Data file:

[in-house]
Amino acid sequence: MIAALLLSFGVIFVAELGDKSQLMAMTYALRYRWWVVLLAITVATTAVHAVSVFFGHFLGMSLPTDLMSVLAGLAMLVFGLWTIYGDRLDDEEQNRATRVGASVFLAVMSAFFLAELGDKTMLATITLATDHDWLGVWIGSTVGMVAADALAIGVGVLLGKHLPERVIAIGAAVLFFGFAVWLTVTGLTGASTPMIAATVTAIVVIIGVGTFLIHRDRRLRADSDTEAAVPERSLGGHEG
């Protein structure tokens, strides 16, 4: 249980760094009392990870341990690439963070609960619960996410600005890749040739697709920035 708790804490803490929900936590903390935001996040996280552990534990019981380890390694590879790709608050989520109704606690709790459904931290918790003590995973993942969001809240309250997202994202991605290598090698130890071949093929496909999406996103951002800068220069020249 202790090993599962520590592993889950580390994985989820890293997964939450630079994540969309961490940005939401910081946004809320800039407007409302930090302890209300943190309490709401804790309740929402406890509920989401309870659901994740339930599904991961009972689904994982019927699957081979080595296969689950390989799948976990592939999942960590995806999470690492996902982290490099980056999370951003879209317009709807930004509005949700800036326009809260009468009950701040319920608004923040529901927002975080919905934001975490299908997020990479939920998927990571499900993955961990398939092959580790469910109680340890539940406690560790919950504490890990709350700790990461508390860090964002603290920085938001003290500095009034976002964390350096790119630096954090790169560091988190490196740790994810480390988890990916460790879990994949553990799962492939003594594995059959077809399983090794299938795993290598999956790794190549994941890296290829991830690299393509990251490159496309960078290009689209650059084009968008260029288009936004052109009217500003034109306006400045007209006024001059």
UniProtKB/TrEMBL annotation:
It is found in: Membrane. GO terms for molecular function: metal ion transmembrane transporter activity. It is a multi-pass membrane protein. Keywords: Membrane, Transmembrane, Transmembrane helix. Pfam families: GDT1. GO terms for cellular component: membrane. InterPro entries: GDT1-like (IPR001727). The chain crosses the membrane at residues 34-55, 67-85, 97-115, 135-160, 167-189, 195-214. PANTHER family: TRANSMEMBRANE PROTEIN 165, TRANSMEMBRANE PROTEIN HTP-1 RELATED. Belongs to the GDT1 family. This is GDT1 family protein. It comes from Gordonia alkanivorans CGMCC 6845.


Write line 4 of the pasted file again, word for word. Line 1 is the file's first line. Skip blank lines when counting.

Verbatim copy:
UniProtKB/TrEMBL annotation: